[4] Hassneh Insurance Co of Israel v Steuart J Mew [1993] 2 Lloyd’s Rep. 243,

[5] Dundas, Hew R. ‘Confidentiality in English Arbitration: The Final Word? Emmott v Michael Wilson & Partners Ltd.’ (2008) Law Publishers, Arbitration 74, 458-466

[6] Russell v Russell (1880) 14 Ch D. 471

[7] Advocate, Roi Bak. ‘Arbitration – Duty of Confidentiality?’ Available at <http://www.israelbar.org.il/uploadFiles/Confidentiality_of_Arbitration.pdf> accessed 28 April, 2013

[8] (Yu 2012)

[9] UNICTRAL Arbitration Rules 1976

[10] UNICTRAL Arbitration Rules 1976, Rule 52

[11] UNICTRAL Model Law on International Commercial Arbitration(1985)

[12] London Court of International Arbitration Rules (LCIA)

[13] London Court of International Arbitration Rules (LCIA), Rule 30.1

[14] LCIA, Rule 30.3

[15] International Chamber of Commerce (ICC)

[16] ICC, Rule 20.7

[17] ICC, Rule 21.3

[18] Statues of the International Court of Arbitration, rule 6

[19] World Intellectual Property Organization (WIPO) Arbitration Rules; (Advocate u.d.)

[20] WIPO Arbitration Rules, art 52

[21] WIPO Arbitration Rules, art 73

[22] WIPO Arbitration Rules, art 74

[23] WIPO Arbitration Rules, art 75

[24] (Yu 2012)

[25] Nisja, Ola O. ‘Legislative Comment Confidentiality and public access in arbitration – the Norwegian approach.’ (2008) International Arbitration Law Review 11(15), 187-192

[26] (Nisja 2008)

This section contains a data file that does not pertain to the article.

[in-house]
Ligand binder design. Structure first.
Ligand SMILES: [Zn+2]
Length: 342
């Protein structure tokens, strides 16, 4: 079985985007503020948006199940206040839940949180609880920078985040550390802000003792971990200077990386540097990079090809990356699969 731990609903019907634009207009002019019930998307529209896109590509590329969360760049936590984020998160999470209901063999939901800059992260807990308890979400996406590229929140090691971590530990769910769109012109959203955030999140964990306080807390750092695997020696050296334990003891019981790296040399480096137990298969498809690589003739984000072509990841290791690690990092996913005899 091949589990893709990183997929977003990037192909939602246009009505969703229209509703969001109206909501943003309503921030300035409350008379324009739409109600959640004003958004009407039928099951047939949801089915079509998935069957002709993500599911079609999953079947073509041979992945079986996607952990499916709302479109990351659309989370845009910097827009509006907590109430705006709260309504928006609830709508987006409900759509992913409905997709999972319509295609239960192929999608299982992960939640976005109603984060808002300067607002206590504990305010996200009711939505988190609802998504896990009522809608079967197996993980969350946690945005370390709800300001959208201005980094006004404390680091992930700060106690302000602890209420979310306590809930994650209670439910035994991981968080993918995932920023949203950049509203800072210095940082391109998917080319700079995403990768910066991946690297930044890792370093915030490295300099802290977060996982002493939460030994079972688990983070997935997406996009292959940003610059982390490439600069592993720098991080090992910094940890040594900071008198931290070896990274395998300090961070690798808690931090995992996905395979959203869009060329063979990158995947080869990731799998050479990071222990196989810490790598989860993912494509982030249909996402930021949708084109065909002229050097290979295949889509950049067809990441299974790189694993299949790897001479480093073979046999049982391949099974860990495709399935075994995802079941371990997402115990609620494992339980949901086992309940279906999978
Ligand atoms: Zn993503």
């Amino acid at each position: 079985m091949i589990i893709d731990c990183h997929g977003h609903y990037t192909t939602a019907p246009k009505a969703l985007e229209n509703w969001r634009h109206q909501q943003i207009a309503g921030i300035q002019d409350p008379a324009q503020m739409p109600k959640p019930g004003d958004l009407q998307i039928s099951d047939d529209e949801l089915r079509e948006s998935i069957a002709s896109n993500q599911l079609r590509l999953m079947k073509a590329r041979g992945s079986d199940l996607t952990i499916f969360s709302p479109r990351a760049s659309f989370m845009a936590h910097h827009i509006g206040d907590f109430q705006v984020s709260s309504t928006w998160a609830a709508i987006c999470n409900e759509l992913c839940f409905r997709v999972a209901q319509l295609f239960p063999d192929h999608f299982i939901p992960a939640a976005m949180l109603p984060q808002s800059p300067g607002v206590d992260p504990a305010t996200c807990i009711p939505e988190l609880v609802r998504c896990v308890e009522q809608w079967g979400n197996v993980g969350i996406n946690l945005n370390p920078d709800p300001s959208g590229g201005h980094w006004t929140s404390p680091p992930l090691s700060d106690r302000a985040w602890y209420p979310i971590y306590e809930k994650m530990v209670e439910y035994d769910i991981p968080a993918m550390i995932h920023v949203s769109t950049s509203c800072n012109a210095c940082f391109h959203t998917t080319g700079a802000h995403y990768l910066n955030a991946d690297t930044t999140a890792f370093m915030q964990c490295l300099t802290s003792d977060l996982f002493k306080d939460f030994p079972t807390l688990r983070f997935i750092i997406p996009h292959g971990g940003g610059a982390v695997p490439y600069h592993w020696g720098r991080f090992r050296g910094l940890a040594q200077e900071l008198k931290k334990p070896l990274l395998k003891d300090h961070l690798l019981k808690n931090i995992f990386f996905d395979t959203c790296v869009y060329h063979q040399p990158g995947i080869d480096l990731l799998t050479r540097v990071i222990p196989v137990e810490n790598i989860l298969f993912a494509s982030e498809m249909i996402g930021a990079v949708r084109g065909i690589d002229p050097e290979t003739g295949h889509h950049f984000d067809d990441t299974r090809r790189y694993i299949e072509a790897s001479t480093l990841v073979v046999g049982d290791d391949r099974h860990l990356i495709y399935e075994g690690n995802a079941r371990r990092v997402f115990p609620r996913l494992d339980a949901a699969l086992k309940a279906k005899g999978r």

[27] English Arbitration Act 1996

[28] (Yu 2012); (Advocate u.d.)

[29] Emmott v Michael Wilson & Partners Ltd [2008] EWCA Civ 184M; Dolling-Baker v Merrett [1990] 1 W.L.R. 1205

[30] Stojcevski, M. and Bruno Zeller. ‘Confidentiality and privacy revisited.'(2012) Arbitration 78(4), 332-339

[31] (Nisja 2008)

[32] Ali Shipping [1999] 1 W.L.R. 314 at 326

[33] (Yu 2012)

[34] Norwegian Arbitration Act 2004

[35] (Nisja 2008)

[36] (Dundas 2008)

[37] Kyriaki Noussia, Confidentiality in International Commercial Arbitration: A Comparative Analysis of the Position under English, US, German and French Law, (Springer, 2010)

[38] (Stojcevski och Zeller 2012)

[39] (Yu 2012)

[40] (Stojcevski och Zeller 2012)

[41] (Stojcevski och Zeller 2012)

[42] Ali Shipping [1999] 1 W.L.R. 314 at 326

[43] (Yu 2012)

[44] Latvian Civil Procedure Law 2006, art 512 (2)

[45] Hong Kong Ordinance 2011, section 18; (Yu 2012)

[46] The Australian International Arbitration Act 1974, s.23C

[47] (Stojcevski och Zeller 2012)

[48] Stockholm Chamber of Commerce Rules 2010

[49] (Stojcevski och Zeller 2012)

[50] Arbitration (Scotland) Act 2010, Rule 26

[51] Dolling-Baker v Merrett [1990] 1 W.L.R. 1205

[52] Ali Shipping [1999] 1 W.L.R. 314 at 326

[53] Hassneh Insurance Co of Israel v Steuart J Mew [1993] 2 Lloyd’s Rep. 243

[54] Arbitration (English) Act 1950, section 26

[55] (Stojcevski och Zeller 2012)

[56] Nafimco v Foster Wheeler Trading. Company, 2004 REV. ARB. 647; (Yu 2012)

[57] (Yu 2012)

[58] (Yu 2012)

[59] (Yu 2012)

[60] (Nisja 2008)

[61] (Nisja 2008)

[62] Esso Australia Resources Ltd v Plowman (Minister for Energy and Minerals) (1995) 128 A.L.R. 391

[63] Bulbank (A.I. Trade Finance v Bulgarian Trade Bank ; unreported, October 27, 2000, Supreme Court case 1881-99)

[64] Dolling-Baker v Merrett [1990] 1 W.L.R. 1205

[65] Emmott v Michael Wilson & Partners Ltd [2008] EWCA Civ 184, per se Lawrence Collins L.J.

[66] (Stojcevski och Zeller 2012)